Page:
Daniel rummages around in his backpack and takes out the picture he drew from the photo. He hands it to Danny Gomez. “This is for you.”
Danny Gomez studies the photo, the drawing, and the envelope. He looks down at Daniel and waves the drawing. “Come inside. We'll call your parents, let them know you're OK.”
The house is full of easels and paintings. Danny Gomez spreads out the photo and drawing on the kitchen table. He studies them both. Daniel stands. Danny Gomez looks up. “Not going to eat you. Take off your raincoat before you catch cold.”
Daniel does, and he puts down his backpack. Danny Gomez goes to the stove. There's a kettle on the stove. Danny Gomez turns on the stove. “Sit down. You like hot chocolate?”
Danny Gomez opens a cupboard and gets a tin of cocoa. “How'd you find me?”
Danny shook his head. “The school bus doesn't stop here.”
“You don't have kids?”
Danny Gomez sets two cups down and goes to the kitchen table. “They're with their mom. In Miami. I guess you know my story. If you read what's on that photograph.”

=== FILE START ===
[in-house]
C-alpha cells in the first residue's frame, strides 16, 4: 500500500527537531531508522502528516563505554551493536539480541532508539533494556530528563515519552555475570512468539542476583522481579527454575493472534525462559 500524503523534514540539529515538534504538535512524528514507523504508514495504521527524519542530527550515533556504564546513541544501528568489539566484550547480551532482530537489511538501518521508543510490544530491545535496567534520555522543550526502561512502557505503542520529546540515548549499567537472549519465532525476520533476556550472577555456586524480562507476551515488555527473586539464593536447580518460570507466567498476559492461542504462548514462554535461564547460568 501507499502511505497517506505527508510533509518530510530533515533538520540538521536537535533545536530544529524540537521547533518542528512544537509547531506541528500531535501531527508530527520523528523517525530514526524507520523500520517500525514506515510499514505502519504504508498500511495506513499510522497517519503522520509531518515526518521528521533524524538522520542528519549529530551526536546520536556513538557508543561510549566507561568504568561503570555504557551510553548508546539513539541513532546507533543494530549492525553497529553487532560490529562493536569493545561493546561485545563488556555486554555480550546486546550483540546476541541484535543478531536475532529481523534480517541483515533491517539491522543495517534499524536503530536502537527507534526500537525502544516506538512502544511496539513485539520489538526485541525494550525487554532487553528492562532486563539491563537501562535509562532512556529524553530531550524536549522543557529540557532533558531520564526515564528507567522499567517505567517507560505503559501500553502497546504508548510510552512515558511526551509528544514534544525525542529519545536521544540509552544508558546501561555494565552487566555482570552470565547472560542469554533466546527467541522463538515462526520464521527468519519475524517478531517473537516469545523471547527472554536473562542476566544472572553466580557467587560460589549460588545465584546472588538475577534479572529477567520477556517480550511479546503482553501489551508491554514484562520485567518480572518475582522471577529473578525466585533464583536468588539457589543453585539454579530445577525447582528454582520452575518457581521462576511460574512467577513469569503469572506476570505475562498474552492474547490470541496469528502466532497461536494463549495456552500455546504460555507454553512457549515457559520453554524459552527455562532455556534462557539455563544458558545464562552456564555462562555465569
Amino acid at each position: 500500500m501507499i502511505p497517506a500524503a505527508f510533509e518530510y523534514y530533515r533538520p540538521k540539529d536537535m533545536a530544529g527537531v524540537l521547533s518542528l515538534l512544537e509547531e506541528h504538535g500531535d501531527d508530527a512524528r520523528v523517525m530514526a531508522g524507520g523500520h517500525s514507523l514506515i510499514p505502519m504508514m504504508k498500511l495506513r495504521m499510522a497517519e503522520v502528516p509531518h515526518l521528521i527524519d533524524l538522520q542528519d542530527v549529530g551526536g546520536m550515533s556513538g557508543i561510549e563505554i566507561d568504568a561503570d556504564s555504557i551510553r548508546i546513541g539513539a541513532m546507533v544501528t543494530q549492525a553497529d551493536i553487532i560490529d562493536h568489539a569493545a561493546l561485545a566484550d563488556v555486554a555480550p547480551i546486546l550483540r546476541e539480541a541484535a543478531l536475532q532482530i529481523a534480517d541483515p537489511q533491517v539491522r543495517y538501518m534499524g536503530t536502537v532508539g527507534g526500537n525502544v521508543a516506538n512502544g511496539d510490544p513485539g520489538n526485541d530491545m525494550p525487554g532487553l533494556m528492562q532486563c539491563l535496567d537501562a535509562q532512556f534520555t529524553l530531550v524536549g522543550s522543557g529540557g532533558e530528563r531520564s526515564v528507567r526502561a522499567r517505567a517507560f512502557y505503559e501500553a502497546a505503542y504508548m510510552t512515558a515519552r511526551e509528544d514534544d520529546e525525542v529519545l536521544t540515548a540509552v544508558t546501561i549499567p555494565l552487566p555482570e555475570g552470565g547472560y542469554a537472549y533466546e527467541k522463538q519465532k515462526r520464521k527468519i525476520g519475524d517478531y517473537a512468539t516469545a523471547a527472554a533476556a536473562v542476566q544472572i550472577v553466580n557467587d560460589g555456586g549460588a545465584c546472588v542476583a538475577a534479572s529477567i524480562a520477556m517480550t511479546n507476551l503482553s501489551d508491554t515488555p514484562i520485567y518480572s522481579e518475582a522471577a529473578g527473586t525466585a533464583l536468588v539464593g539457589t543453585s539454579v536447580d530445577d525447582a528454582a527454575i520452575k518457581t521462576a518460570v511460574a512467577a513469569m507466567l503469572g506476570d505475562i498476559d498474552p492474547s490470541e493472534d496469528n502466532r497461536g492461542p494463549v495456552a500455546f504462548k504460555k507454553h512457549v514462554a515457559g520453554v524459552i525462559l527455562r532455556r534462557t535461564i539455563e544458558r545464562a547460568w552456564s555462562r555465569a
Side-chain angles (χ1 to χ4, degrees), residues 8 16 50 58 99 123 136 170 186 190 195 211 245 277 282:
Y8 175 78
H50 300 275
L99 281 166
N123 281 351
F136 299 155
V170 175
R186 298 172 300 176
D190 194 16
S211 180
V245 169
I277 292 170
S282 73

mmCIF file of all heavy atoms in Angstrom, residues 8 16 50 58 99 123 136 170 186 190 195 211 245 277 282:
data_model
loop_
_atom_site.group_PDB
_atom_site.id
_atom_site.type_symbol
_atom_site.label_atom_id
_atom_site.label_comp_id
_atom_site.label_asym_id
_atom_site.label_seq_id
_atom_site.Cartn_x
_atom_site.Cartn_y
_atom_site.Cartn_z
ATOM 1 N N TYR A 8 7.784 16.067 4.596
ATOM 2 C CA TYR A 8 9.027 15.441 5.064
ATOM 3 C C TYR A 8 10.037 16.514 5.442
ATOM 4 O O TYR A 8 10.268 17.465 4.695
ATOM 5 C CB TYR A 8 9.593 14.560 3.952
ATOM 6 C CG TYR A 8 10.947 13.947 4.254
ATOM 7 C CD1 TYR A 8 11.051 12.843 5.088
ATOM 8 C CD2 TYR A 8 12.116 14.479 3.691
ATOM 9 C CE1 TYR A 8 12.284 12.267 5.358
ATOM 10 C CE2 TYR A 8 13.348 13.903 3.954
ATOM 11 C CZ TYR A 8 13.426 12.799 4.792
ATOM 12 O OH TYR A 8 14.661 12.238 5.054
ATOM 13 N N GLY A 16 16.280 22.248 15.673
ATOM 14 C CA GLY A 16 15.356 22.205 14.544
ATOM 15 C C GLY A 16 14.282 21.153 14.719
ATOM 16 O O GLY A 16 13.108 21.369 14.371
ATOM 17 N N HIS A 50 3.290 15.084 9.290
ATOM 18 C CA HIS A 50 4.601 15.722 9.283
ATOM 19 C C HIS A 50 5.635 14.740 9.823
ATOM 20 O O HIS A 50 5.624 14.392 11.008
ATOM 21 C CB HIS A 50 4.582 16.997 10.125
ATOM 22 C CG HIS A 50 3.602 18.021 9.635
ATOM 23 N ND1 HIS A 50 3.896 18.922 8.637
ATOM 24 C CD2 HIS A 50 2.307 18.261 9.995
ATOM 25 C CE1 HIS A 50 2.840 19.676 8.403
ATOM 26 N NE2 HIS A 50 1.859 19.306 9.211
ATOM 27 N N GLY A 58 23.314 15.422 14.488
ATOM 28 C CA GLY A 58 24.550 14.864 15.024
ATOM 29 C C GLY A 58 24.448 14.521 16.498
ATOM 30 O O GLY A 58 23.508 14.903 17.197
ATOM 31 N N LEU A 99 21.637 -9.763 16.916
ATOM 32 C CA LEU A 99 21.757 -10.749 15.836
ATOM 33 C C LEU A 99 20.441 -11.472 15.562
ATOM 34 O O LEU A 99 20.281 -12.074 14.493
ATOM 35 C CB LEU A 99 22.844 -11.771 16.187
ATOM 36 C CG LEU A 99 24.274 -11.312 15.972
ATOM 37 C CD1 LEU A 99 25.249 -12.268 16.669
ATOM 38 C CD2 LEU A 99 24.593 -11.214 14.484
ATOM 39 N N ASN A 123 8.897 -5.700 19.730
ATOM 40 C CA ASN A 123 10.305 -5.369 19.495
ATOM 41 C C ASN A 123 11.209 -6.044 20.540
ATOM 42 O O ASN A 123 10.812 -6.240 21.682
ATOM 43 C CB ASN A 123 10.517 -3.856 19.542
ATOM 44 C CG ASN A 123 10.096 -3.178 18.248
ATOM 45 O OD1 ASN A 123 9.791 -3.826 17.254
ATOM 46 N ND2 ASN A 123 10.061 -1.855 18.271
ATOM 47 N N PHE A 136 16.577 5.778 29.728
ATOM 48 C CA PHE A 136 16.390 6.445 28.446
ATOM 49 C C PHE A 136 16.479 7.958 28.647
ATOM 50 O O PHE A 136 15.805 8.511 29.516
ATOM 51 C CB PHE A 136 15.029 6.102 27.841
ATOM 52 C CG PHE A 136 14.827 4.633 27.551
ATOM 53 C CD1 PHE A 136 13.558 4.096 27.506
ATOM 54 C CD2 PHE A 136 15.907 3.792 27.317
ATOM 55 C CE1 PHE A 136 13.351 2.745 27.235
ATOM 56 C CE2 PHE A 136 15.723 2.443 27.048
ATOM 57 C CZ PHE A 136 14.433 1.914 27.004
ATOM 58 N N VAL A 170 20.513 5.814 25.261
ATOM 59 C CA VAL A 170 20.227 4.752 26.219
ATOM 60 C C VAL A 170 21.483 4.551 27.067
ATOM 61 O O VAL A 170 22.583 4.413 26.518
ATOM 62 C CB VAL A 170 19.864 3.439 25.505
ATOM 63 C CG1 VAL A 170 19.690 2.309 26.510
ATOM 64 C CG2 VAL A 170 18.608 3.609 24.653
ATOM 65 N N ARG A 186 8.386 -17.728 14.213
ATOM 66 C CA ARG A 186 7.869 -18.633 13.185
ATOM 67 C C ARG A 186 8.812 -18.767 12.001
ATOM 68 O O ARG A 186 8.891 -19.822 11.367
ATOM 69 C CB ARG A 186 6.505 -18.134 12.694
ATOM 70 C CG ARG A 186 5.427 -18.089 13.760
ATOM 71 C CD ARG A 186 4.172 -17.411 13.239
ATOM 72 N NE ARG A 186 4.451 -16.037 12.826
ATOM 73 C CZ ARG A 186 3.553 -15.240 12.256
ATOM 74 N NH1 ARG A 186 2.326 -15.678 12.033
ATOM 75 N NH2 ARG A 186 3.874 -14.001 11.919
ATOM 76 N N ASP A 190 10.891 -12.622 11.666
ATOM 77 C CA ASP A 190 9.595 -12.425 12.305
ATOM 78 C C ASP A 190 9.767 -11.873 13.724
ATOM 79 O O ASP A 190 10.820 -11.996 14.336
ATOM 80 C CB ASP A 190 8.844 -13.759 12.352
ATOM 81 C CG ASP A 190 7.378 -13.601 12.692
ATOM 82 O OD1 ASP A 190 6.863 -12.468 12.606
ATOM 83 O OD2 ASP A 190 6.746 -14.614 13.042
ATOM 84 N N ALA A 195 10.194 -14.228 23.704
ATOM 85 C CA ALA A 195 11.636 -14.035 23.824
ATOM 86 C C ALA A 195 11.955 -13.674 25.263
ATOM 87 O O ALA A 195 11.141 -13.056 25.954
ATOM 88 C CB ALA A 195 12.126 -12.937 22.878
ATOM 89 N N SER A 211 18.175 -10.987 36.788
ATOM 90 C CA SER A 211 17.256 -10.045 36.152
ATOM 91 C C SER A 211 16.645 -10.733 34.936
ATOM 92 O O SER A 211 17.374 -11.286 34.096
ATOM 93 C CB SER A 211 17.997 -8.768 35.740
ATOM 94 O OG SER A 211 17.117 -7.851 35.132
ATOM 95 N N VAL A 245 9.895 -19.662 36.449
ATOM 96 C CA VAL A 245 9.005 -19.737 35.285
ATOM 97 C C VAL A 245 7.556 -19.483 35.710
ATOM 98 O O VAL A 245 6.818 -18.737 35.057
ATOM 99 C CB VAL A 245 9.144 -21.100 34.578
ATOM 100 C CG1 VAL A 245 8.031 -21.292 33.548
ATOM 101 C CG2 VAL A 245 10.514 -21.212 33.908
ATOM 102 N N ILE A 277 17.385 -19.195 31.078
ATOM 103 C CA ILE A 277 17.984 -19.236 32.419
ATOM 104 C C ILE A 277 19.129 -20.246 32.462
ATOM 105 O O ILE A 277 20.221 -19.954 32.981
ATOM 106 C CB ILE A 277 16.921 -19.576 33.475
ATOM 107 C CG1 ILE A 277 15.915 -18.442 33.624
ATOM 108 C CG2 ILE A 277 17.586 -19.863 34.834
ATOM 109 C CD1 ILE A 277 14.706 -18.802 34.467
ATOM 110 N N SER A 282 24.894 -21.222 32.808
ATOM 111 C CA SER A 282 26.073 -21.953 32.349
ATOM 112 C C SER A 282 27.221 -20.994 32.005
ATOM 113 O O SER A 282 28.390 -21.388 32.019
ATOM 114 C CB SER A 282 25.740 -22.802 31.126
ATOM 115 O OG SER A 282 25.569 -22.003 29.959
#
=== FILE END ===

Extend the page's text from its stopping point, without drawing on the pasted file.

Danny clears his throat. “I guess we better call your folks.”
“They're not home. My mom is in the Air Force.”
Danny looks sympathetic. “Where's your dad?”
“Fixing people’s computers at home.”
“Then he should be home.”
“He was meeting people all day,” Daniel says, a little too fast.
Danny stared into his eyes. “They don't know you're here, do they?”
Daniel doesn't respond. Danny Gomez goes to the table and picks up the photograph.
“Do they know about this?”
Daniel stays silent.
“What’s your phone number? Don’t all you kids have a cell phone?”
“I left mine at home.” Daniel gets his sketch pad out of his backpack and writes his phone number on sketch paper. He rips off the sheet and gives it to Danny Gomez, who quickly dials the number.
“Hello? Mr. Wilson? This is Danny Gomez. Your son's here at my house…”
Daniel hears his father’s raised voice on the other end.
“He’s perfectly fine. He took the bus here. He was returning something I lost.”